The relationship between resistance training and injury prevention.
Welcome back. If you’re a long-time club member/ first-time reader it may be worth quickly scanning your eyes across Sports Science Snippet #3. For everyone else, I know you’ve been impatiently waiting to find out how and why incorporating strength training can aid injury prevention, so without further ado let’s begin…
It has long been known that performing repetitive exercise (AKA cycling, swimming, or running) may result in muscular imbalance such as:
a) weakness and shortness and/or
b) tightness and inhibition. As a result, such imbalances often lead to:
- Less efficient or compensatory movement patterns (we use more energy than necessary when performing exercise).
- Strain, overuse and injury.
For many of us, these injuries are quite common and as such, I adapted a little table that I’ve titled, ‘Pick your muscle imbalance’.
|Table 1: Pick your muscle imbalance|
|Postural (tendency to shortness and tighten)||Phasic (tendency to weakness and inhibition)|
|· Gastroc-soleus||· Tibilias anterior|
|· Hamstrings||· Vastus medialis (quadriceps)|
|· Iliopsoas||· Gluteus maximus, medius, and minimus|
|· Sartorius||· Long thigh adductors|
|· Pectoralis major and minor||· Rotator cuff muscles|
To explain this table further, muscles that are used frequently can shorten and become dominant in a motor pattern and the antagonist muscle (opposite muscle) may become inhibited resulting in muscle imbalance. A great example of this is the relationship between our hip flexors (iliopsoas) and our deep abdominals and primary hip extensor (gluteus maximus). In running, due to repetitive use, our hip flexors can become tight and short. Comparatively, although our gluteus maximus should act as one of the major muscles propelling us forward in the run, it can become elongated and weak. Inhibition of the gluteus maximus may result in inadequate stabilisation of the lumbar spine, with lower back pain or tight ITB often been a resulting symptom.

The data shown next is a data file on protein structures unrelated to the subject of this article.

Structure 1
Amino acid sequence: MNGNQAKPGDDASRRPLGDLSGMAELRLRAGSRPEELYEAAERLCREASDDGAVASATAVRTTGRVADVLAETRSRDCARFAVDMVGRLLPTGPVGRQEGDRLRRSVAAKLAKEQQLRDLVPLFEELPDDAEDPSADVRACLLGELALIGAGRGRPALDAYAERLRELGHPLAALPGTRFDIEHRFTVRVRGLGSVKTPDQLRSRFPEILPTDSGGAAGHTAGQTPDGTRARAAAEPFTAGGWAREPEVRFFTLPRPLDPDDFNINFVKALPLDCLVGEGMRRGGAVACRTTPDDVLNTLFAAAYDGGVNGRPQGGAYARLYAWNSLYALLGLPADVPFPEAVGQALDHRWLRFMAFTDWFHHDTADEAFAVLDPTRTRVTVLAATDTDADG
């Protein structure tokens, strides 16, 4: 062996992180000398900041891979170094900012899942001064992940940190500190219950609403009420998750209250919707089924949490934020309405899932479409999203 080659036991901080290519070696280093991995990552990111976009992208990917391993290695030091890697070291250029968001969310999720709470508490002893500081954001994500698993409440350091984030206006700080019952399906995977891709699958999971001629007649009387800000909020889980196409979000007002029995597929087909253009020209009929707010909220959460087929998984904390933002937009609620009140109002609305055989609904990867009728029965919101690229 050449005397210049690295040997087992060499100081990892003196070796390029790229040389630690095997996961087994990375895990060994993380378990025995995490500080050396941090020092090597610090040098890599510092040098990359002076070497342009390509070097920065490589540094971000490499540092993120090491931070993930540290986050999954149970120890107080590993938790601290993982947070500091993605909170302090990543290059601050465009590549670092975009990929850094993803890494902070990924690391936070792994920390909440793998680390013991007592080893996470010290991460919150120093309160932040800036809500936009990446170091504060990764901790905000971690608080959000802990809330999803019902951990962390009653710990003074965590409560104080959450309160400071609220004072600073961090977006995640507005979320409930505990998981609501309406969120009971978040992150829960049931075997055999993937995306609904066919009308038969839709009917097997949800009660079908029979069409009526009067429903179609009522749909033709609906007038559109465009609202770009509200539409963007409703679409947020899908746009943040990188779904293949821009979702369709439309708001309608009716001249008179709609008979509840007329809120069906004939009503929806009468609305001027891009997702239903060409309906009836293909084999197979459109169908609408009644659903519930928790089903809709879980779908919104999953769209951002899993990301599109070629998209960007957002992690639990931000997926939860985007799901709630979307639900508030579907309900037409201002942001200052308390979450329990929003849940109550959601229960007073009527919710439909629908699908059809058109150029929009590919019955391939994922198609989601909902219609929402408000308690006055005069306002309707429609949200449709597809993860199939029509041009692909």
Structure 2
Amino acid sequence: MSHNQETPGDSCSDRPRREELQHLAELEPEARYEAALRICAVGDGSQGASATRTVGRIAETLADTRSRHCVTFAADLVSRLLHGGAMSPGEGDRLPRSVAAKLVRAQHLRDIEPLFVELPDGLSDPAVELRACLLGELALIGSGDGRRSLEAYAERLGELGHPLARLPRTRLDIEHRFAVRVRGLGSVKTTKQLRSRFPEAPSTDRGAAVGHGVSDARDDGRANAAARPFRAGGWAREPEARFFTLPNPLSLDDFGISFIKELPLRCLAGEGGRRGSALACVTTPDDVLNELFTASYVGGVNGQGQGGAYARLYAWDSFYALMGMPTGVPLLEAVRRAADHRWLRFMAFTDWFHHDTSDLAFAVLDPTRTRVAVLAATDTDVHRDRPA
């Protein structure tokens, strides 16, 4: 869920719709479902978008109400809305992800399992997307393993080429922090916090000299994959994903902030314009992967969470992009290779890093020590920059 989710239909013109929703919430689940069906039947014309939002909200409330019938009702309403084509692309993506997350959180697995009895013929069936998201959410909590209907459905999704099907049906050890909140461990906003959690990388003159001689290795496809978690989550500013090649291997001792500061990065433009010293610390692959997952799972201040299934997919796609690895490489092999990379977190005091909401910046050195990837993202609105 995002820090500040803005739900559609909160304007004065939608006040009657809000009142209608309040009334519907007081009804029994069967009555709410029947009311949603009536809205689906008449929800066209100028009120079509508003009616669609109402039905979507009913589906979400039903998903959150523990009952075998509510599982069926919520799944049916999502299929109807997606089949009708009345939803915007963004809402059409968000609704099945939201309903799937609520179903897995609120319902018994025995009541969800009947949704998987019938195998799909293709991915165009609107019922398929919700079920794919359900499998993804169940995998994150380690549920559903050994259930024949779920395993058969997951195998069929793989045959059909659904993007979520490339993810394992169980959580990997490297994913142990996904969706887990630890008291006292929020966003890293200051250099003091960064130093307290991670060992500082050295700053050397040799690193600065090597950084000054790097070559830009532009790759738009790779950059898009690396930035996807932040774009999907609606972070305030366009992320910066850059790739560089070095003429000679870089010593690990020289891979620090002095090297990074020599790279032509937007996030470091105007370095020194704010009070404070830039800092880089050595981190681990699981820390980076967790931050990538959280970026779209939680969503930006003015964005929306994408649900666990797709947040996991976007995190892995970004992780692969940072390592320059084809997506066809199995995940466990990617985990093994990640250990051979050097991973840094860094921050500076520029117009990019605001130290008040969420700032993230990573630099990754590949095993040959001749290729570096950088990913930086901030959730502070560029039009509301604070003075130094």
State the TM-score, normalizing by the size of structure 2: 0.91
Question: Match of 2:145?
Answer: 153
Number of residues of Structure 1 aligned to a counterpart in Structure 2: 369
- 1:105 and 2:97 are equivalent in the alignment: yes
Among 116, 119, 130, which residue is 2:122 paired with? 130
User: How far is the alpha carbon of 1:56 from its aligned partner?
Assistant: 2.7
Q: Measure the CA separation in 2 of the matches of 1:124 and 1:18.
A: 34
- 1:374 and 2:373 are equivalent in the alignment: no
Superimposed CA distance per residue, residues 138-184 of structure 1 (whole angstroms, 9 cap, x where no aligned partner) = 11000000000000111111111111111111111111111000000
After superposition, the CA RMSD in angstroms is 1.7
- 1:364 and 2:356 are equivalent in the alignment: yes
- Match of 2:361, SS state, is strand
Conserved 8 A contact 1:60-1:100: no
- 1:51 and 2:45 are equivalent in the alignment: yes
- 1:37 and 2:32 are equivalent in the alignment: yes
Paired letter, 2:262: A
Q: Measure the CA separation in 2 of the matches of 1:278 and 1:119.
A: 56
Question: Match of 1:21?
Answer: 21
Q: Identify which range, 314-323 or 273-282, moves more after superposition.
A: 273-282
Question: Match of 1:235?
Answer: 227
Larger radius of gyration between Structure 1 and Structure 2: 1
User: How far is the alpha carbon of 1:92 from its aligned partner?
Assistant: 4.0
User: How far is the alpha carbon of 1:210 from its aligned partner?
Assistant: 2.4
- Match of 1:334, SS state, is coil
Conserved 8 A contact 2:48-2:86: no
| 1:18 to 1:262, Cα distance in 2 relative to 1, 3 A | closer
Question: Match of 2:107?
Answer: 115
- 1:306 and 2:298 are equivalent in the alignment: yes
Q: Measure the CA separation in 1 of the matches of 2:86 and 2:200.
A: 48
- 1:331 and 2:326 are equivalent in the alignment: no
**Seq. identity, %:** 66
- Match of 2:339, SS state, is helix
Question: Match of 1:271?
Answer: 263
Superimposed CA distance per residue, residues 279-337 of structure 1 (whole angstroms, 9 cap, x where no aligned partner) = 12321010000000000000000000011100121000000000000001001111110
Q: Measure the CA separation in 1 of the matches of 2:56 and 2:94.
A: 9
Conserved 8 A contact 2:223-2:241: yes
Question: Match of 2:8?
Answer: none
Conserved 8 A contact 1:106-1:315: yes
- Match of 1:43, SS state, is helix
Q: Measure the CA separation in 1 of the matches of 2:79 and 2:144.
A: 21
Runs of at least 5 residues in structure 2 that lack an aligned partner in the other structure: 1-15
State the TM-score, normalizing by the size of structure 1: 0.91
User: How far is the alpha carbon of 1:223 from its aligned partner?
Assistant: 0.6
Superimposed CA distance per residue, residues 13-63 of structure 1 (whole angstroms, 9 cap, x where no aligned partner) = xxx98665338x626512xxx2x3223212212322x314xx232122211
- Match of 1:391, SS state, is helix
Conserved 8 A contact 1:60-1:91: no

Resistance training helps with muscles imbalances by strengthening our weaker muscles. As a result, our system can contract in a coordinated manner with sufficient muscular control. Ultimately, this results in optimal length-tension relationships in addition to optimal force-coupling of muscles. Further, as previously discussed, improvements in strength ultimately lead to improvements in performance.
However, just like we do in our endurance sessions (swim, bike, run) it is also imperative to progress our resistance training. As our muscles adapt to our resistance program, we need to overload them to continue building muscle strength and mass. This progressive overload principle can be applied in a number ways, such as increasing the resistance or increasing the sets. I like to liken this principle back to the old, ‘My physio gave me exercises and I stopped doing them once I felt better,’ example. If your exercises from your physiotherapist begin to feel quite easy that is probably a sign that you’re a) on your way to getting over your injury and b) you should get the progression exercise to continue to improve your strength so you don’t get re-injured.
Whilst I have not mentioned it in this article, the role that flexibility training plays in muscles imbalances is equally important and should not be overlooked. This will be touched on in a future article.
A couple of notes:
- You’re a rare and potentially flawless human being if your muscles are perfectly balanced. Whilst strength training can aid in injury prevention, we are still mere mortals and the shape of our bodies plays an important role in the way our muscles develop. For example, due to a wider pelvis females are automatically predisposed to greater risk of ACL injuries.
- If you’re beginning a resistance training program PLEASE receive professional instruction in proper resistance-training techniques.